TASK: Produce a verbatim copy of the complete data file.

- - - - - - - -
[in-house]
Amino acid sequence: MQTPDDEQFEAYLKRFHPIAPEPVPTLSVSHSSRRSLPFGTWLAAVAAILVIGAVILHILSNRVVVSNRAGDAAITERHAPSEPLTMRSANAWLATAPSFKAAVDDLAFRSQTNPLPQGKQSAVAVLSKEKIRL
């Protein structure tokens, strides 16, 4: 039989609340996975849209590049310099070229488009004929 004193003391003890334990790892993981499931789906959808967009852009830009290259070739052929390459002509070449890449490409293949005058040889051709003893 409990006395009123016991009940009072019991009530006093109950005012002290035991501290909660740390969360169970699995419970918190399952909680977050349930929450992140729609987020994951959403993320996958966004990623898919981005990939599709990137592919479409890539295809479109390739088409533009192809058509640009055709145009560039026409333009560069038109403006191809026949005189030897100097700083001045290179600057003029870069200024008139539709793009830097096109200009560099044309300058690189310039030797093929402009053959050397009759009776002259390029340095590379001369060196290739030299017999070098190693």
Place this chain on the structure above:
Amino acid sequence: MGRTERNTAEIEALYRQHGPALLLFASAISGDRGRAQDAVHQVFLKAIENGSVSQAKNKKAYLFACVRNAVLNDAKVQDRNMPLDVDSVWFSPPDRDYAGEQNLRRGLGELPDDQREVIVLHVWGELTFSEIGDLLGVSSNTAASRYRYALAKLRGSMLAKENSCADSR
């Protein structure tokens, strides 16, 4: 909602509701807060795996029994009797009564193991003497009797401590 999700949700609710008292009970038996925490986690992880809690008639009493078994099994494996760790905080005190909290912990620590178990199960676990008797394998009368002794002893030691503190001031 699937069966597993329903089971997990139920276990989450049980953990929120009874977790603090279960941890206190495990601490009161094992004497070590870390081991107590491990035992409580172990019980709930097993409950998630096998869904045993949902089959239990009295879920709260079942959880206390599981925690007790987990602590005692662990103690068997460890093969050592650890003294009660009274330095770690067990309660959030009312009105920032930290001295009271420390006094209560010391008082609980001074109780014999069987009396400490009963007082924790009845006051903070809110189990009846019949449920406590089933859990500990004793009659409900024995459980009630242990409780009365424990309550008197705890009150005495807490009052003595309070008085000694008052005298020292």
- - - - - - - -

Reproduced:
[in-house]
Amino acid sequence: MQTPDDEQFEAYLKRFHPIAPEPVPTLSVSHSSRRSLPFGTWLAAVAAILVIGAVILHILSNRVVVSNRAGDAAITERHAPSEPLTMRSANAWLATAPSFKAAVDDLAFRSQTNPLPQGKQSAVAVLSKEKIRL
């Protein structure tokens, strides 16, 4: 039989609340996975849209590049310099070229488009004929 004193003391003890334990790892993981499931789906959808967009852009830009290259070739052929390459002509070449890449490409293949005058040889051709003893 409990006395009123016991009940009072019991009530006093109950005012002290035991501290909660740390969360169970699995419970918190399952909680977050349930929450992140729609987020994951959403993320996958966004990623898919981005990939599709990137592919479409890539295809479109390739088409533009192809058509640009055709145009560039026409333009560069038109403006191809026949005189030897100097700083001045290179600057003029870069200024008139539709793009830097096109200009560099044309300058690189310039030797093929402009053959050397009759009776002259390029340095590379001369060196290739030299017999070098190693």
Place this chain on the structure above:
Amino acid sequence: MGRTERNTAEIEALYRQHGPALLLFASAISGDRGRAQDAVHQVFLKAIENGSVSQAKNKKAYLFACVRNAVLNDAKVQDRNMPLDVDSVWFSPPDRDYAGEQNLRRGLGELPDDQREVIVLHVWGELTFSEIGDLLGVSSNTAASRYRYALAKLRGSMLAKENSCADSR
């Protein structure tokens, strides 16, 4: 909602509701807060795996029994009797009564193991003497009797401590 999700949700609710008292009970038996925490986690992880809690008639009493078994099994494996760790905080005190909290912990620590178990199960676990008797394998009368002794002893030691503190001031 699937069966597993329903089971997990139920276990989450049980953990929120009874977790603090279960941890206190495990601490009161094992004497070590870390081991107590491990035992409580172990019980709930097993409950998630096998869904045993949902089959239990009295879920709260079942959880206390599981925690007790987990602590005692662990103690068997460890093969050592650890003294009660009274330095770690067990309660959030009312009105920032930290001295009271420390006094209560010391008082609980001074109780014999069987009396400490009963007082924790009845006051903070809110189990009846019949449920406590089933859990500990004793009659409900024995459980009630242990409780009365424990309550008197705890009150005495807490009052003595309070008085000694008052005298020292």